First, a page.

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Discussion Starter #1
Hey guys so I shot my clutch out after somewhat successfully learning how to do a burn out, this light came on as i was pulling onto my street and the gear shifter disappeared, is this more than a clutch? I just check the code and it is ERROR 25 so if you have an experience on this please elaborate on what my steps should be :)

here are some photos:
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Sounds like you modified the gearing? If so, you'll need to jump the safety switch.
 

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Works on my '18 650 Here's a piece of a post on the Versys 300 forum about it. Supposedly some kind of cure.
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Dunno why, it just does. The cure is simple, all you have to do is jump the clutch safety switch at the clutch lever. You can read all about it HERE!
Interesting. Never heard of that before. We have run gearing from 14/41 to 14/44 and never seen this problem. But good to know.

Maybe just an ABS issue???
 

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Interesting. Never heard of that before. We have run gearing from 14/41 to 14/44 and never seen this problem. But good to know.

Maybe just an ABS issue???
Maybe? It's a weir d deal; sometimes it takes awhile show up too, like 150 mi.
I went up a tooth on the front, 'n jumped the switch like @Boat's pic, 'n prolly have 700 mi since, no problem.
I just gotta make sure I'm in neutral or clutch is in when I start the bike. :LOL:
 

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Maybe? It's a weir d deal; sometimes it takes awhile show up too, like 150 mi.
I went up a tooth on the front, 'n jumped the switch like @Boat's pic, 'n prolly have 700 mi since, no problem.
I just gotta make sure I'm in neutral or clutch is in when I start the bike. :LOL:
I’ve gone back and read the thread from the beginning. I have to agree with sbk1198’s posts. There’s no way changing sprockets could cause this problem.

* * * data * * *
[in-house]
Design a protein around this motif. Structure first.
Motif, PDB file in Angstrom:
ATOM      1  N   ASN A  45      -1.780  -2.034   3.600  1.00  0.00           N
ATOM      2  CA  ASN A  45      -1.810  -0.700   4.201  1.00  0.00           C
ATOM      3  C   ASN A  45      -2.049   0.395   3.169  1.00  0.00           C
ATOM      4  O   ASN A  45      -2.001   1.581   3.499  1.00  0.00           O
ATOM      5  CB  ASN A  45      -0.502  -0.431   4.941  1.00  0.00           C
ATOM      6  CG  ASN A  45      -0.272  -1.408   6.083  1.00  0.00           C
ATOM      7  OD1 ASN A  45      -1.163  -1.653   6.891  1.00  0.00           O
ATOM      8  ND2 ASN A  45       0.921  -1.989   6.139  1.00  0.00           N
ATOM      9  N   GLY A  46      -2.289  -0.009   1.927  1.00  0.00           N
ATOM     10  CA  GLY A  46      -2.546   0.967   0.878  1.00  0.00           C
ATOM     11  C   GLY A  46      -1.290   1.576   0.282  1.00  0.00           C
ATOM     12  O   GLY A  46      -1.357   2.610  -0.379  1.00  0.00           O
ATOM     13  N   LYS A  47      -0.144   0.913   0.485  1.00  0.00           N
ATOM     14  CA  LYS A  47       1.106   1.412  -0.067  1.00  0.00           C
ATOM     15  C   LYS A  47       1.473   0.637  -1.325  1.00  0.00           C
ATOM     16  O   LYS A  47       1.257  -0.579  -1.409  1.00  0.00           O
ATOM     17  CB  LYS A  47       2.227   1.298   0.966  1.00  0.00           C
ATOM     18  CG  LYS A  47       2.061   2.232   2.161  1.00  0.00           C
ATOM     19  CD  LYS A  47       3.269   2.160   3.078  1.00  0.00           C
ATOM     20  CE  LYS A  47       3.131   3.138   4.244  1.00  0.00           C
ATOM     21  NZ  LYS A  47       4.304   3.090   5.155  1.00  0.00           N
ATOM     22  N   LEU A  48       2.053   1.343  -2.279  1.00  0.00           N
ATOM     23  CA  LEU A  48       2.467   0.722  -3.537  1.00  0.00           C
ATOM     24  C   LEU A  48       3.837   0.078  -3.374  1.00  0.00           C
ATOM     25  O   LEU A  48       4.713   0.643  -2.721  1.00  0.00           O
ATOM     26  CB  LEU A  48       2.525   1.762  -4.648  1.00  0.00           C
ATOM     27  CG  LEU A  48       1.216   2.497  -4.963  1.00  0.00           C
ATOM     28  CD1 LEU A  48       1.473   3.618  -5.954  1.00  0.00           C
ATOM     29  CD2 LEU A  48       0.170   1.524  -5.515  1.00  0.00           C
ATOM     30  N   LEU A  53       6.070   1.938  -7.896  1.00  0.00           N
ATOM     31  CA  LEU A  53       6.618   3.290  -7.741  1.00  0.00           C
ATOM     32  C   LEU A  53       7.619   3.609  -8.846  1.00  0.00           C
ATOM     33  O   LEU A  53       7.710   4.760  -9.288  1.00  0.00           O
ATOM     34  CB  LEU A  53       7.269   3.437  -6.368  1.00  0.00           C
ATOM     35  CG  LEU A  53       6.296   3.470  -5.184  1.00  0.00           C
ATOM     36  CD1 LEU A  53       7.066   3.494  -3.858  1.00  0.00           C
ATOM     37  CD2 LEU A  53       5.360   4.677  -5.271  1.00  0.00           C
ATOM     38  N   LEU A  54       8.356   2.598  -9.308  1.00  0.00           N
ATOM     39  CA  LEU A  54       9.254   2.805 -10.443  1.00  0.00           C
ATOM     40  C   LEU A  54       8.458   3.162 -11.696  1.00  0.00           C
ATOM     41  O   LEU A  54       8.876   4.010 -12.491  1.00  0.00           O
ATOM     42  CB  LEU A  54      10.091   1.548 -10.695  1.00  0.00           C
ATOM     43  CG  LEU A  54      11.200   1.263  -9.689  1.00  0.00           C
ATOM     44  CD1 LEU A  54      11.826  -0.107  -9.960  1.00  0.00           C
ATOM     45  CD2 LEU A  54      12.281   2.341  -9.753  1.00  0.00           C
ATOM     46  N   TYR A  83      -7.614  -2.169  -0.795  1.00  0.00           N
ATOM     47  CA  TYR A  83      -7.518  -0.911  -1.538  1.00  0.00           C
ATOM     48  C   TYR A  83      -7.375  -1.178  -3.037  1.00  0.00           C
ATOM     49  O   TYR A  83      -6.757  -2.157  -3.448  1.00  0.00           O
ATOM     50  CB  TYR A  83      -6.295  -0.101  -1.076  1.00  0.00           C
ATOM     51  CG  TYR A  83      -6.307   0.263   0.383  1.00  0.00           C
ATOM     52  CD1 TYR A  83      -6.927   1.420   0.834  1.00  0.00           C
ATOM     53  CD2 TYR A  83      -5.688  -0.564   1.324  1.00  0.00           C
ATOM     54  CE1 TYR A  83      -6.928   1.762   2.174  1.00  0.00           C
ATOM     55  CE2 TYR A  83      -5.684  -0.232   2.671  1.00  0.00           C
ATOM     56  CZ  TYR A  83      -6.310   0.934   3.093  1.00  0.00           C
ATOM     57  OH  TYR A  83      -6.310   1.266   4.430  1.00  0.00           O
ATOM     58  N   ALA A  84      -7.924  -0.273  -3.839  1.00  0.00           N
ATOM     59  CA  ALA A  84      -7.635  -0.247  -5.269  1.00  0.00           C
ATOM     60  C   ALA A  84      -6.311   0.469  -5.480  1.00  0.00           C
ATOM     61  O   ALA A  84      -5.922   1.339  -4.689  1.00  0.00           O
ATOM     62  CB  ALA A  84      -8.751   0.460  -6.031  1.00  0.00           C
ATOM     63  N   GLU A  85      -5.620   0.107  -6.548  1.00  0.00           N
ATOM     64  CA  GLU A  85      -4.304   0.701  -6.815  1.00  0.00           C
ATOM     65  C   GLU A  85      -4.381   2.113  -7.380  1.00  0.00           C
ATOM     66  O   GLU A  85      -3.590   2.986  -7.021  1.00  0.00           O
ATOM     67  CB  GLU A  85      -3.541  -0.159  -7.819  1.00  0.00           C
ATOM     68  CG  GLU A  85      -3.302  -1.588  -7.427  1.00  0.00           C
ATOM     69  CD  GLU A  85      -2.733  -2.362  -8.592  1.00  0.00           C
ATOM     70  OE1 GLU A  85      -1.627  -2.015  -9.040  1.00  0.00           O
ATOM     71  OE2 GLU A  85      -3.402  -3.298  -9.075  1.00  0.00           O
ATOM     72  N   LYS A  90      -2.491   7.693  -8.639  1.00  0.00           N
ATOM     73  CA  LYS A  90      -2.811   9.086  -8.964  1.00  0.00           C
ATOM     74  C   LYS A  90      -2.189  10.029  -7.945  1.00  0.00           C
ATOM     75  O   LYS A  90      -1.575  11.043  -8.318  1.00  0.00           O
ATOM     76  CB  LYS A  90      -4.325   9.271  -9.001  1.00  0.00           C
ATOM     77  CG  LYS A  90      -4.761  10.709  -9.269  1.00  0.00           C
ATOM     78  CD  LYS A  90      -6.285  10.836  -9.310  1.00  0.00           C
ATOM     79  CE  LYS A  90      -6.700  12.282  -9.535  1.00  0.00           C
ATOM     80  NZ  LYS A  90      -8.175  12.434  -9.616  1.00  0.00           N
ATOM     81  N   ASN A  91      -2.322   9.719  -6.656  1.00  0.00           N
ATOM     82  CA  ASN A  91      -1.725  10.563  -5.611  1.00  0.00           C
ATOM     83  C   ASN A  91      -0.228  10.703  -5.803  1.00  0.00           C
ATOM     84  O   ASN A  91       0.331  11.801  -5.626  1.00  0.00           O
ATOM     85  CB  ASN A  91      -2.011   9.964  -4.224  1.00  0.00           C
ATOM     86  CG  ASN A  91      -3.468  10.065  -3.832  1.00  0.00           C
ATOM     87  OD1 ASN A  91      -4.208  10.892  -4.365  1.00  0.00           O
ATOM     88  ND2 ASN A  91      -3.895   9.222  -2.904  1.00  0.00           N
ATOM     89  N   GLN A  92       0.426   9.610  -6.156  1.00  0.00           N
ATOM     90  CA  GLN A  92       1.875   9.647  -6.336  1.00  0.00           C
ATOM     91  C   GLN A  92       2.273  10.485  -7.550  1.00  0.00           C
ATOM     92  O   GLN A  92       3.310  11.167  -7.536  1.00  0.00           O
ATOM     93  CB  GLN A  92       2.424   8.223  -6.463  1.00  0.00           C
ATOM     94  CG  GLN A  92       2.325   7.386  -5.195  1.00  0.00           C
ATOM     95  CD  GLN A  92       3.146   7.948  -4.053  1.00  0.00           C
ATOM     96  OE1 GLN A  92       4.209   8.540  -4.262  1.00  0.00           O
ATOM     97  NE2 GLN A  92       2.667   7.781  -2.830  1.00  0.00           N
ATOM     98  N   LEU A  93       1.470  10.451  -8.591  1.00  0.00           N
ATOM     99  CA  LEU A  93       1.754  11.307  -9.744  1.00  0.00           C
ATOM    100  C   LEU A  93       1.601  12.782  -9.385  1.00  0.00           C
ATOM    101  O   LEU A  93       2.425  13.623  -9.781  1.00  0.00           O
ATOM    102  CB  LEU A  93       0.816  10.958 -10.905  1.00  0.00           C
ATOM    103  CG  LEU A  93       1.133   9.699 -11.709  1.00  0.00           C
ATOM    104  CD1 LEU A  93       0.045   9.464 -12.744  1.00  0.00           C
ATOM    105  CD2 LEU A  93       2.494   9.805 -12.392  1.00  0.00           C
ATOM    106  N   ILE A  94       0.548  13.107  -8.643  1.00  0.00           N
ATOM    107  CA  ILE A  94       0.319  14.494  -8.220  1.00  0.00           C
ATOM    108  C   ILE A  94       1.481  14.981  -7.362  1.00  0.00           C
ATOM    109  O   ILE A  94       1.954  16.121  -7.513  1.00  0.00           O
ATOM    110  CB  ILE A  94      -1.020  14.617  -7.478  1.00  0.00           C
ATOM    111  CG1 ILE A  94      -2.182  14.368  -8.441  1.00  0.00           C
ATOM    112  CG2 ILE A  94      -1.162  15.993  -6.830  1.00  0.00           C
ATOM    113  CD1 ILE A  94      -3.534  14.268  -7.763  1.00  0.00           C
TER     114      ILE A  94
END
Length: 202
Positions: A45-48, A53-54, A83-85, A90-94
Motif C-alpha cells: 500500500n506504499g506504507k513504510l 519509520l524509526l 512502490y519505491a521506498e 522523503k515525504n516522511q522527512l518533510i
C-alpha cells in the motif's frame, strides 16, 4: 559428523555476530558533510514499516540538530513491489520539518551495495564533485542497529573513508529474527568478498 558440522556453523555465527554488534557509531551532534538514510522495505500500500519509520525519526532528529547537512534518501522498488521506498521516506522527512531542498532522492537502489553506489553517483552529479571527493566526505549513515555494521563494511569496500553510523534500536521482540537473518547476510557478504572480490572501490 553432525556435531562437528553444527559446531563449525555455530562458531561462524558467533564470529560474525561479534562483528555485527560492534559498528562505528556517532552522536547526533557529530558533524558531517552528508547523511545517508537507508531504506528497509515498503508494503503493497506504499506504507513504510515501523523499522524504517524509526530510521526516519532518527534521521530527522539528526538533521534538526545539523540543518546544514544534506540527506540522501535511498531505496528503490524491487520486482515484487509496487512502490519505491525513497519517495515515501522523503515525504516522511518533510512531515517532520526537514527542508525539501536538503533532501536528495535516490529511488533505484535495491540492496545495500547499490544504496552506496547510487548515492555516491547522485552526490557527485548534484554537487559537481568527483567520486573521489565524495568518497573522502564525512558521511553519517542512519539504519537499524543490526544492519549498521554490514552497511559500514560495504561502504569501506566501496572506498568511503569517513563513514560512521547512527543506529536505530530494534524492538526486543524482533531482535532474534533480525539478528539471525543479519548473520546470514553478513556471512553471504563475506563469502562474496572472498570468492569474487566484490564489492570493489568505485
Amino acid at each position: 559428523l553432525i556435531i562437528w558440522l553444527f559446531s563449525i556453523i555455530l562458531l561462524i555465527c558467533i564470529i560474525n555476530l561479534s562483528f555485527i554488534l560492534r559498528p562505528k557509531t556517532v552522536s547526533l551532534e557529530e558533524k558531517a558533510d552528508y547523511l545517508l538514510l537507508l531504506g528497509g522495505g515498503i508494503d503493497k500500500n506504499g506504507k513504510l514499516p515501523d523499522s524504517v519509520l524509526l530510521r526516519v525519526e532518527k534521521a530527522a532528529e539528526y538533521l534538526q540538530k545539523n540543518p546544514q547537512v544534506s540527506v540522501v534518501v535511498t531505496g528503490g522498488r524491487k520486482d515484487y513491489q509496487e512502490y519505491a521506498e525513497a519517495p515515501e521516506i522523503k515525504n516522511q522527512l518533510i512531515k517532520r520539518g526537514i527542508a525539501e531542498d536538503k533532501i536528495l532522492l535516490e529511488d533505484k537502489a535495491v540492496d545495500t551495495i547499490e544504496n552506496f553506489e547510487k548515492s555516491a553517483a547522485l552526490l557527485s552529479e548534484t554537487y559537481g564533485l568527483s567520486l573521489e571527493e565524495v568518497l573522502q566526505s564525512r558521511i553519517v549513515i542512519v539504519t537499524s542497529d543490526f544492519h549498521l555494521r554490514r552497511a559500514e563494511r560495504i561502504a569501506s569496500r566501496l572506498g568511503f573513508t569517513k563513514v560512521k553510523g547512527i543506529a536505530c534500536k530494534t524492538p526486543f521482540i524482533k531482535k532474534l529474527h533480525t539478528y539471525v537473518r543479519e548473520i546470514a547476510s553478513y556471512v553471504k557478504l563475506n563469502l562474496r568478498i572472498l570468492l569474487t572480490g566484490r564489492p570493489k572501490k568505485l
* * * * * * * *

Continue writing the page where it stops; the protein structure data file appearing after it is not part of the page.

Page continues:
But I totally believe all the people that say they’ve seen it on their bike. 😊
 

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This MIGHT explain what the OP experienced:

I think the error 25 has nothing to do with a sprocket change. Here's why:

The OP says the clutch is slipping now after his "burnout practicing". That means, that when the clutch is slipping, that the rpm of the rear wheel, in whatever gear he happens to be in, no longer matches the ratio of engine rpm to wheel rpm that the ECU has been programmed with, and so the ECU is generating the error 25.

The lesson here is that the 400's clutch is not robust enough to tolerate "burnout practicing'.

Jim G
 

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I really believe that burnouts are abusing your bike. It is not designed for it. What is the point? Spirited riding is fine; even wheelies if you can do them well. But just to make smoke?
 

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Discussion Starter #14
I've never done a sprocket change or messed with the sprocket on my bike.

This MIGHT explain what the OP experienced:

I think the error 25 has nothing to do with a sprocket change. Here's why:

The OP says the clutch is slipping now after his "burnout practicing". That means, that when the clutch is slipping, that the rpm of the rear wheel, in whatever gear he happens to be in, no longer matches the ratio of engine rpm to wheel rpm that the ECU has been programmed with, and so the ECU is generating the error 25.

The lesson here is that the 400's clutch is not robust enough to tolerate "burnout practicing'.

Jim G
THIS though, I do believe this could be part of the reason why I'm getting this error code. Do you know by any of a chance a way to troubleshoot this?
 

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I've never done a sprocket change or messed with the sprocket on my bike.



THIS though, I do believe this could be part of the reason why I'm getting this error code. Do you know by any of a chance a way to troubleshoot this?
If you are asking how to "clear" the error, there are instructions on this forum. Just search the forum. If you are asking how to troubleshoot the clutch slippage: No troubleshooting is necessary. If it is slipping, it needs a rebuild. If you are mechanically skilled, first read Jess Norton's web posting on the Ninja 400 clutch design problems and how to solve them, then read the service manual section on clutch replacement and/or watch a YouTube video on the process.

If you are not mechanically skilled, get a quote from your dealership. Might be a little costly.

Lesson learned: Learning to do burnouts, especially on a small displacement motorcycle with too wide a rear tire (for style reasons), is COSTLY. Best to be avoided.

Jim G